Parcel supports zero configuration code splitting out of the box. This allows you to split your application code into separate bundles which can be loaded on demand, resulting in smaller initial bundle sizes and faster load times.
Code splitting is controlled by use of the dynamic
import() syntax, which works like the normal
import statement, but returns a Promise. This means that the module can be loaded asynchronously.
Using dynamic imports#
The following example shows how you might use dynamic imports to load a sub-page of your application on demand.
import() returns a Promise, you can also use async/await syntax.
When Parcel can determine which exports of a dynamically imported module you use, it will tree shake the unused exports from that module. This works with static property accesses or destructuring, with either
await or Promise
When multiple parts of your application depend on the same common modules, they are automatically deduplicated into a separate bundle. This allows commonly used dependencies to be loaded in parallel with your application code and cached separately by the browser.
For example, if your application has multiple pages with
<script> tags that depend on the same common modules, those modules will be split out into a "shared bundle”. This way, if a user navigates from one page to another, they only need to download the new code for that page, and not the common dependencies between the pages.
In the above example, both
profile.js depend on
react-dom, so it is split out into a separate bundle and loaded in parallel by adding an extra
<script> tag to both HTML pages.
This also works between different sections of an app that have been code split with dynamic
import(). Common dependencies shared between two dynamic imports will be split out and loaded in parallel with the dynamically imported modules.
By default, Parcel only creates shared bundles when shared modules reach a size threshold. This avoids splitting out very small modules and creating extra HTTP requests, which have overhead even with HTTP/2. If a module is below the threshold, it will be duplicated between pages instead.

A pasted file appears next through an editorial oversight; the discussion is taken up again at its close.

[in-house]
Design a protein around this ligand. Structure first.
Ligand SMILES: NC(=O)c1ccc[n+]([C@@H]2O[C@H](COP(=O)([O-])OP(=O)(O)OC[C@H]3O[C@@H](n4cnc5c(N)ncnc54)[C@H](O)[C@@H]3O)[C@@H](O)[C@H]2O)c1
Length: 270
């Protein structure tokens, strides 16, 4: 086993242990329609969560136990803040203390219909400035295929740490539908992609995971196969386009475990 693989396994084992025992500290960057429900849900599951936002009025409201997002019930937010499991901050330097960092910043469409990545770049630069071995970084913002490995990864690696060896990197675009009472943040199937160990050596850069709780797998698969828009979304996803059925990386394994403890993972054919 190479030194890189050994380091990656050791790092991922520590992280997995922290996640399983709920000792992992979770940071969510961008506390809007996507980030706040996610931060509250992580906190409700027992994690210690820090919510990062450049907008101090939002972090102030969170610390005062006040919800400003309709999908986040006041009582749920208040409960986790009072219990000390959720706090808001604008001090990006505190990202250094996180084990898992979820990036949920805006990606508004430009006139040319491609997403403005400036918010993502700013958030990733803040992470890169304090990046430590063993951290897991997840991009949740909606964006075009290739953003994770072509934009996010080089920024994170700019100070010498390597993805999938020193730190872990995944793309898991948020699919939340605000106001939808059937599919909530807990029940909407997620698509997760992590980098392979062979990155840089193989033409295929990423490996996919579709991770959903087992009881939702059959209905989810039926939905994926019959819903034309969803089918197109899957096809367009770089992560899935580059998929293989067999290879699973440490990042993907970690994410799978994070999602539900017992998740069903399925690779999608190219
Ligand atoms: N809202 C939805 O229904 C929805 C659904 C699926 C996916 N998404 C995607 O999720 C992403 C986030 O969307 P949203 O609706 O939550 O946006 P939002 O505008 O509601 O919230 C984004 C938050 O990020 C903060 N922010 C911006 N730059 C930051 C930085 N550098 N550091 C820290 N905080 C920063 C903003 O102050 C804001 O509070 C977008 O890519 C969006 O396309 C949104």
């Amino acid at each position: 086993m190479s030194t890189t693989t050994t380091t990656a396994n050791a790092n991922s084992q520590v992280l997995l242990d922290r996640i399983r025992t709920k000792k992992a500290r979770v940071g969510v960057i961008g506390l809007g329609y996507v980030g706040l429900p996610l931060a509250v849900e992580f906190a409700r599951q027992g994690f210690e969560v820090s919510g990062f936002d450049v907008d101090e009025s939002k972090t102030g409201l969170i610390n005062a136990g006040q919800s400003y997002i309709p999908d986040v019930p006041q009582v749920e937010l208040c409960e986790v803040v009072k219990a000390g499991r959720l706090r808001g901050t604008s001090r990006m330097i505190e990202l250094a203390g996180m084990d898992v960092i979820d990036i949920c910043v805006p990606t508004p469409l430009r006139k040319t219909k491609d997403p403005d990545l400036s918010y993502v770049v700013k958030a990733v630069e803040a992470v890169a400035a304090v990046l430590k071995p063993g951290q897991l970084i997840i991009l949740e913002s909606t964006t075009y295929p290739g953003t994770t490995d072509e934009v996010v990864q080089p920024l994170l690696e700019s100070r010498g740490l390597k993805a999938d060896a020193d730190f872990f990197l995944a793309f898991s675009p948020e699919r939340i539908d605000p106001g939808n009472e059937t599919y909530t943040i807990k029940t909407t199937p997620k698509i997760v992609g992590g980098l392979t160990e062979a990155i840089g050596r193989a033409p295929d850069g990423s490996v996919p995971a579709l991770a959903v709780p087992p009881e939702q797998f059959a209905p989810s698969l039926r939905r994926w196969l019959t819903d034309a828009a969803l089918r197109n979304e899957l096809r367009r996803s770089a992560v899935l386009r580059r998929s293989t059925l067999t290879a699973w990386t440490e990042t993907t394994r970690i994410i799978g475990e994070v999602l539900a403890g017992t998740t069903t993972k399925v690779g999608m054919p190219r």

Parcel also has a maximum parallel request limit to avoid overloading the browser with too many requests at once, and will duplicate modules if this limit is reached. Larger modules are prioritized over smaller ones when creating shared bundles.
By default, these parameters have been tuned for HTTP/2. However, you can adjust these options to raise or lower them for your application. You can do this by configuring the
@parcel/bundler-default key in the package.json in your project root.
The available options are:
- minBundles – For an asset to be split, it must be used by more than
- minBundleSize – For a shared bundled to be created, it has to be at least
minBundleSizebytes big (before minification and tree shaking).
- maxParallelRequests – To prevent overloading the network with too many concurrent requests, this ensures that a maximum of
maxParallelRequestssibling bundles can be loaded together.
- http – A shorthand for setting the above values to defaults which are optimized for HTTP/1 or HTTP/2. See the table below for these default values.
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You can read more about this topic on web.dev.
Internalized async bundles#
If a module is imported both synchronously and asynchronously from within the same bundle, rather than splitting it out into a separate bundle, the async dependency will be “internalized”. This means it will be kept within the same bundle as the dynamic import to avoid duplication, but wrapped in a
Promise to preserve semantics.
For this reason, dynamic import is merely a hint that a dependency is not needed synchronously, not a guarantee that a new bundle will be created.
If a dynamically imported module has a dependency that is already available in all of its possible ancestries, it will be deduplicated. For example, if a page imports a library which is also used by a dynamically imported module, the library will only be included in the parent since it will already be on the page at runtime.